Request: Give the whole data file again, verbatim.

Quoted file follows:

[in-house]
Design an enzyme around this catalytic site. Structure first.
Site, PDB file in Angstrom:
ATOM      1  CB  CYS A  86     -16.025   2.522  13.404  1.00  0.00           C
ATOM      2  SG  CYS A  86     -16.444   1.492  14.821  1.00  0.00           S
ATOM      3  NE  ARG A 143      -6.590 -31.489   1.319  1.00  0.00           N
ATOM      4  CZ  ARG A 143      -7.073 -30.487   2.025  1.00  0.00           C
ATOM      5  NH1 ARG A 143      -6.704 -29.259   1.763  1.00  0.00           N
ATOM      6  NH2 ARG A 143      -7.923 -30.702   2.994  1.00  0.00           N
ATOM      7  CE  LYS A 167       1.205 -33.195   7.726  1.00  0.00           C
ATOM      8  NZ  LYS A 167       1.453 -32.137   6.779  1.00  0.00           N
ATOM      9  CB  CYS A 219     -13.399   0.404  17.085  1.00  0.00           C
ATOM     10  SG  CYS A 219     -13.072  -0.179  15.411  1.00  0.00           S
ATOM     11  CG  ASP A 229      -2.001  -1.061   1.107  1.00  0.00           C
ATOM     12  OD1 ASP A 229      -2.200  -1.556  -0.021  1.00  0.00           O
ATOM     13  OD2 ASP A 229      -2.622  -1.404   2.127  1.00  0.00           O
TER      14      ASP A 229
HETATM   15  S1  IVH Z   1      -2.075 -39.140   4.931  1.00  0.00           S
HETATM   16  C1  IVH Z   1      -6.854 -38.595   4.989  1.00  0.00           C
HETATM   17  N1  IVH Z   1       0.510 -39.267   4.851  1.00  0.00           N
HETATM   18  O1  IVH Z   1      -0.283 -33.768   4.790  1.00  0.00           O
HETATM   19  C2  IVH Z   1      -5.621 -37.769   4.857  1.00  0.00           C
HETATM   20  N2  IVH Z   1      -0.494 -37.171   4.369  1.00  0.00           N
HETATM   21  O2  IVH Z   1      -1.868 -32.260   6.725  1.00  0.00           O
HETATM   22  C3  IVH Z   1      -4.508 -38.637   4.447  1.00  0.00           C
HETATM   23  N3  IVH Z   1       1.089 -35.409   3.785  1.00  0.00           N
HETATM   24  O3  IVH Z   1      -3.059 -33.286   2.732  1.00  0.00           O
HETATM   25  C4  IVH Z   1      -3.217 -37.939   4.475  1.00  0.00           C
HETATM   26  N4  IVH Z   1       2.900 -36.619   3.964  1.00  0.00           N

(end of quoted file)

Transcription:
[in-house]
Design an enzyme around this catalytic site. Structure first.
Site, PDB file in Angstrom:
ATOM      1  CB  CYS A  86     -16.025   2.522  13.404  1.00  0.00           C
ATOM      2  SG  CYS A  86     -16.444   1.492  14.821  1.00  0.00           S
ATOM      3  NE  ARG A 143      -6.590 -31.489   1.319  1.00  0.00           N
ATOM      4  CZ  ARG A 143      -7.073 -30.487   2.025  1.00  0.00           C
ATOM      5  NH1 ARG A 143      -6.704 -29.259   1.763  1.00  0.00           N
ATOM      6  NH2 ARG A 143      -7.923 -30.702   2.994  1.00  0.00           N
ATOM      7  CE  LYS A 167       1.205 -33.195   7.726  1.00  0.00           C
ATOM      8  NZ  LYS A 167       1.453 -32.137   6.779  1.00  0.00           N
ATOM      9  CB  CYS A 219     -13.399   0.404  17.085  1.00  0.00           C
ATOM     10  SG  CYS A 219     -13.072  -0.179  15.411  1.00  0.00           S
ATOM     11  CG  ASP A 229      -2.001  -1.061   1.107  1.00  0.00           C
ATOM     12  OD1 ASP A 229      -2.200  -1.556  -0.021  1.00  0.00           O
ATOM     13  OD2 ASP A 229      -2.622  -1.404   2.127  1.00  0.00           O
TER      14      ASP A 229
HETATM   15  S1  IVH Z   1      -2.075 -39.140   4.931  1.00  0.00           S
HETATM   16  C1  IVH Z   1      -6.854 -38.595   4.989  1.00  0.00           C
HETATM   17  N1  IVH Z   1       0.510 -39.267   4.851  1.00  0.00           N
HETATM   18  O1  IVH Z   1      -0.283 -33.768   4.790  1.00  0.00           O
HETATM   19  C2  IVH Z   1      -5.621 -37.769   4.857  1.00  0.00           C
HETATM   20  N2  IVH Z   1      -0.494 -37.171   4.369  1.00  0.00           N
HETATM   21  O2  IVH Z   1      -1.868 -32.260   6.725  1.00  0.00           O
HETATM   22  C3  IVH Z   1      -4.508 -38.637   4.447  1.00  0.00           C
HETATM   23  N3  IVH Z   1       1.089 -35.409   3.785  1.00  0.00           N
HETATM   24  O3  IVH Z   1      -3.059 -33.286   2.732  1.00  0.00           O
HETATM   25  C4  IVH Z   1      -3.217 -37.939   4.475  1.00  0.00           C
HETATM   26  N4  IVH Z   1       2.900 -36.619   3.964  1.00  0.00           N